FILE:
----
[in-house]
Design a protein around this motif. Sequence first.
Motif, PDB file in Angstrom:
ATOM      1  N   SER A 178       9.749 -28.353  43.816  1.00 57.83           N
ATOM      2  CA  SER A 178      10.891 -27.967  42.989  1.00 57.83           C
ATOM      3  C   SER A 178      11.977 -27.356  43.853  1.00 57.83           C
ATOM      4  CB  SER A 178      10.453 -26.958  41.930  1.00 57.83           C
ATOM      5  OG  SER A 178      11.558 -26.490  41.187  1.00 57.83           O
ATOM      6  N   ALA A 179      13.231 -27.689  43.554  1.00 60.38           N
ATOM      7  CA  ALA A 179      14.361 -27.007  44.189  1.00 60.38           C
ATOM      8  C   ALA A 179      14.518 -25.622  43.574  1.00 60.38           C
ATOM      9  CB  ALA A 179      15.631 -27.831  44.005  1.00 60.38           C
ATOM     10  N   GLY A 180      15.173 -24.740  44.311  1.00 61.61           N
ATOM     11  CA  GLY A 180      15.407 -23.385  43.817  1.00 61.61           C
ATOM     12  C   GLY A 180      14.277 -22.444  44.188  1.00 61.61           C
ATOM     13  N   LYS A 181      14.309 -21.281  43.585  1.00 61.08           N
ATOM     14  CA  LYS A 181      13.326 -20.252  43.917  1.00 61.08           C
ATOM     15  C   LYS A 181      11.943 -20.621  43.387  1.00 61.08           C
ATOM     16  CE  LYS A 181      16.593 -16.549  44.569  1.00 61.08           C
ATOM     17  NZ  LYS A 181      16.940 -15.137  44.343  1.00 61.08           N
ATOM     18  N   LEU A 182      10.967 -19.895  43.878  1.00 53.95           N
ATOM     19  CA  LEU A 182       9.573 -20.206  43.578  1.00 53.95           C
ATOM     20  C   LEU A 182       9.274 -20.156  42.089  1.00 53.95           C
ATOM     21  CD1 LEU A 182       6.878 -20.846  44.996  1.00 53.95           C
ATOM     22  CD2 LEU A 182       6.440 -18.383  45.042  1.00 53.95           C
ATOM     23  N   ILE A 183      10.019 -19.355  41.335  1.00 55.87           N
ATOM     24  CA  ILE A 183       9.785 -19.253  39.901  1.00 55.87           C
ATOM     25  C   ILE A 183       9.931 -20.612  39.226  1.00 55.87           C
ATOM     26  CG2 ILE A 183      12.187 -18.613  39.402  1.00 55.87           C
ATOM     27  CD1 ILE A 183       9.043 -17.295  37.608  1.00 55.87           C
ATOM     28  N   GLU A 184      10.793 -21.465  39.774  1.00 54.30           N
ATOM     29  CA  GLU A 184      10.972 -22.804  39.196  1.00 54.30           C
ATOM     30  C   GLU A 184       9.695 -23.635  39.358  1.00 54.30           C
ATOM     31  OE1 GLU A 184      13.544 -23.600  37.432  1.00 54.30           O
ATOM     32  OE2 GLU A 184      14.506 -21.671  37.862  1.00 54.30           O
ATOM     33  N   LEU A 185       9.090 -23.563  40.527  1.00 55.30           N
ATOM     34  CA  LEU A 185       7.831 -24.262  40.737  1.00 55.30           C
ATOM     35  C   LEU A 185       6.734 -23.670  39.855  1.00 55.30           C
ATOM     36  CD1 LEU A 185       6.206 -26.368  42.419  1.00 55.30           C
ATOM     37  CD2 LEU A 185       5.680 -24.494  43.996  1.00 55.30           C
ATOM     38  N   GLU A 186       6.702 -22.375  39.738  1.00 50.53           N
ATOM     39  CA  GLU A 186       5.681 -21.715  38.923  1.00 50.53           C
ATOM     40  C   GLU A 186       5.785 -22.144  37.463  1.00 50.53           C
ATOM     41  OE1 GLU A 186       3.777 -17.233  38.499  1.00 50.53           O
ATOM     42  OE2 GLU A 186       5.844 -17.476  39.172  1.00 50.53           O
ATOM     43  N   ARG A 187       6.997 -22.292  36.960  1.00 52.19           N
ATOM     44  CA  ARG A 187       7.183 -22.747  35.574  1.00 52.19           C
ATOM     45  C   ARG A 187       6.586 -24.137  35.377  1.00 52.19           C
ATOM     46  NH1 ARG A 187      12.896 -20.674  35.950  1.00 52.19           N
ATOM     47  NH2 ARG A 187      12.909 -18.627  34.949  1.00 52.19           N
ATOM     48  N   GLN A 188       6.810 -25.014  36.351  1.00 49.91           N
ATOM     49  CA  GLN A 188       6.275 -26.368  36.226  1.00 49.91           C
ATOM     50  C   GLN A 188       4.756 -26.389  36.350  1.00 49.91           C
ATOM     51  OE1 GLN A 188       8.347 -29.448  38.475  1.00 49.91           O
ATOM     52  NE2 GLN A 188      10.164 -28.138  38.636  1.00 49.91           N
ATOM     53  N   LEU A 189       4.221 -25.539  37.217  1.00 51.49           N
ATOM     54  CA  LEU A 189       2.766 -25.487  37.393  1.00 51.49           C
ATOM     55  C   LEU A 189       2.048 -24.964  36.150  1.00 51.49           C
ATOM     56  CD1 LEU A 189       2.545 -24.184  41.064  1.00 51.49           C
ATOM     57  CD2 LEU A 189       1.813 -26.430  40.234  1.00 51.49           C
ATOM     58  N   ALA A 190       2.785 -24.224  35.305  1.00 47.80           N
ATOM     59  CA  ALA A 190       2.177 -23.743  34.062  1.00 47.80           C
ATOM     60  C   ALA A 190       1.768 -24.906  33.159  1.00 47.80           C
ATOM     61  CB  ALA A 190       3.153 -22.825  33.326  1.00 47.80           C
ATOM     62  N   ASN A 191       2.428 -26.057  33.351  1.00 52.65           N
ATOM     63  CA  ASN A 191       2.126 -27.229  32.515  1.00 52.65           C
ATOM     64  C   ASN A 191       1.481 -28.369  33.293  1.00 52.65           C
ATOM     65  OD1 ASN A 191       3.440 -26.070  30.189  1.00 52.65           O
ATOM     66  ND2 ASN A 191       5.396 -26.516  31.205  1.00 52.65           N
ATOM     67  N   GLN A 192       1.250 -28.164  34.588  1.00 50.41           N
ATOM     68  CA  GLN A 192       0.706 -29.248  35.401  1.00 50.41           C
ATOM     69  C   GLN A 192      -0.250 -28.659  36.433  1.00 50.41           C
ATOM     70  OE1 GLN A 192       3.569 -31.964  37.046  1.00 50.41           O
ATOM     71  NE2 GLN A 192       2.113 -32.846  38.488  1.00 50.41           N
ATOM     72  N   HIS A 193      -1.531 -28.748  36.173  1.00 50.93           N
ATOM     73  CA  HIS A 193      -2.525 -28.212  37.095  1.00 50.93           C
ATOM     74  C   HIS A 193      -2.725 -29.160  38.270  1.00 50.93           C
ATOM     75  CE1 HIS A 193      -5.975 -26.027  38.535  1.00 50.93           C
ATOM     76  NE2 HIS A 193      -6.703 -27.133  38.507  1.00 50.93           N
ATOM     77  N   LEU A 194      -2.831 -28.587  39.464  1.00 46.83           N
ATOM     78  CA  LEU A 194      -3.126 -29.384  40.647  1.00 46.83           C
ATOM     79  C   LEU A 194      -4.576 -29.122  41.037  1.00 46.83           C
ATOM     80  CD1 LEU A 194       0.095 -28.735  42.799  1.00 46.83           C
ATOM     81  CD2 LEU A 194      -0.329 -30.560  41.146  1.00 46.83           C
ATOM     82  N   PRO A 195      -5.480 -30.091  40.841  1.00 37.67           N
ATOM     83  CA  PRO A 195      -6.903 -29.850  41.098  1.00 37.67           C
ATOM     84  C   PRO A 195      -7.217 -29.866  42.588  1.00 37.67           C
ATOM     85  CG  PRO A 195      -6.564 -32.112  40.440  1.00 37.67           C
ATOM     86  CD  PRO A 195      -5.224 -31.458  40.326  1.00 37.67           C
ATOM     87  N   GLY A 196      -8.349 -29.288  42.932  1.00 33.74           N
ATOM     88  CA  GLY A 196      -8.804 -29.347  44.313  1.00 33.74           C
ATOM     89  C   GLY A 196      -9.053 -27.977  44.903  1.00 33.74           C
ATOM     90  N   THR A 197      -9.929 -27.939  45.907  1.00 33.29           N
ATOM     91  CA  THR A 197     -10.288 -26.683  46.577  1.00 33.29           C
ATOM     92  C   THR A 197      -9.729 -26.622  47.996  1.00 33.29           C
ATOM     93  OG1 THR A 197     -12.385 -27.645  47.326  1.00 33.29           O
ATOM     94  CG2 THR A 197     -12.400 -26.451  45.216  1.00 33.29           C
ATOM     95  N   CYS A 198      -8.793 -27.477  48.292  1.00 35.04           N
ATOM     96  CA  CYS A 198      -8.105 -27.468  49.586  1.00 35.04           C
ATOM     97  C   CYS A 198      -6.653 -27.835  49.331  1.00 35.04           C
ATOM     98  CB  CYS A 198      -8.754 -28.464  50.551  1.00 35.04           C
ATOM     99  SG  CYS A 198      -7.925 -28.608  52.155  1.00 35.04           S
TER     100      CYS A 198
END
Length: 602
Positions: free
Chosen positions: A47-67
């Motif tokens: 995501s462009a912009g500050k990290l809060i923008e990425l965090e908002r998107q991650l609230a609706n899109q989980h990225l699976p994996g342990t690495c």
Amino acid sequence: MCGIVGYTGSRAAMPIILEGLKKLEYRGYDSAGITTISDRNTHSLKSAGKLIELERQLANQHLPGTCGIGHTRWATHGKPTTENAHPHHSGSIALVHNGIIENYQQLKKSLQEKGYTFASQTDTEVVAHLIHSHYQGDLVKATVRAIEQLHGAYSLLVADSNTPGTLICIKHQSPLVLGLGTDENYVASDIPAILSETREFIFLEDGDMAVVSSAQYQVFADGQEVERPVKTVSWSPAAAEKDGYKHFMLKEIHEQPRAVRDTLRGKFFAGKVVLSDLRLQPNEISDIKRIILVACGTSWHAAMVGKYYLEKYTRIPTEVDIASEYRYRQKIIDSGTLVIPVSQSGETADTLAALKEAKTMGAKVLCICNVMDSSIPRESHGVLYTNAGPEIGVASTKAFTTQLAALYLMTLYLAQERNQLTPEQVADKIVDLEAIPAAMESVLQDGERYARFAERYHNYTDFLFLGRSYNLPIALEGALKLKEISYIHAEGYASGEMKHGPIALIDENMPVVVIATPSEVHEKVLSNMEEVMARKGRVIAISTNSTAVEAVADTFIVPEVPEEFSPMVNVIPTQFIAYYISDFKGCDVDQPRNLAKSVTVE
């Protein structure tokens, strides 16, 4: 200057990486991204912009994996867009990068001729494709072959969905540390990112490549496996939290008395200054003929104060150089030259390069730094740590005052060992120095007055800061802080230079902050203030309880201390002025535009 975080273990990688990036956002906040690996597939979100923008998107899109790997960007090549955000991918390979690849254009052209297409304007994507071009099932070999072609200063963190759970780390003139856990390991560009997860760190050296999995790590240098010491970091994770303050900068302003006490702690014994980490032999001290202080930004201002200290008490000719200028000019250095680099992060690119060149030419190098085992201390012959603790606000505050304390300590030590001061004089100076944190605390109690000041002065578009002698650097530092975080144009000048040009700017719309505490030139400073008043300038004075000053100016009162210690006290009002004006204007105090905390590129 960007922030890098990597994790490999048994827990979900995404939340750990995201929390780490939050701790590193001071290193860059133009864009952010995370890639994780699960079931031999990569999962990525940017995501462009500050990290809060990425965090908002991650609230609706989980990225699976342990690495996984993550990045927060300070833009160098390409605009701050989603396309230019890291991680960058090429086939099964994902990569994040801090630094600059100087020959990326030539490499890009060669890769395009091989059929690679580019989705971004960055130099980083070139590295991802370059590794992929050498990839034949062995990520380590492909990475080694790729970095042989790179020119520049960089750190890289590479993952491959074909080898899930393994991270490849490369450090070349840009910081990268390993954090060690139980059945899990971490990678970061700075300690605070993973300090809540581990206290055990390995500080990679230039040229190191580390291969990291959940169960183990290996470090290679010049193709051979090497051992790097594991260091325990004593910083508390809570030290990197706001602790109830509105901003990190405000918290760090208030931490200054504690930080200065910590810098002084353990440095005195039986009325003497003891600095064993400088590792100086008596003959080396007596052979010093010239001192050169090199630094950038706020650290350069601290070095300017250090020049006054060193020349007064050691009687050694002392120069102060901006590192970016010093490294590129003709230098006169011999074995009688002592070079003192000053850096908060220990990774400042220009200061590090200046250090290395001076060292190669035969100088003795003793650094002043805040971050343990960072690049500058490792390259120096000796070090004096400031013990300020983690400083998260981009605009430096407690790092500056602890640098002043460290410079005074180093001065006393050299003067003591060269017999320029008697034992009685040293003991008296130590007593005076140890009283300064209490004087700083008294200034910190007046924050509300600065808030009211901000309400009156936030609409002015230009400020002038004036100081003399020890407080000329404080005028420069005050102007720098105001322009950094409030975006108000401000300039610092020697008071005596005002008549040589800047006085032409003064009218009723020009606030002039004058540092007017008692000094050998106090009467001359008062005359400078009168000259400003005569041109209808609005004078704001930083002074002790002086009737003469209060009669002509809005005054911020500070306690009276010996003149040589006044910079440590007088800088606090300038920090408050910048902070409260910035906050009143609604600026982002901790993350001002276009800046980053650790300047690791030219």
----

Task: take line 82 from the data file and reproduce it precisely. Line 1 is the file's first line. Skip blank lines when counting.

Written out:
ATOM     79  C   LEU A 194      -4.576 -29.122  41.037  1.00 46.83           C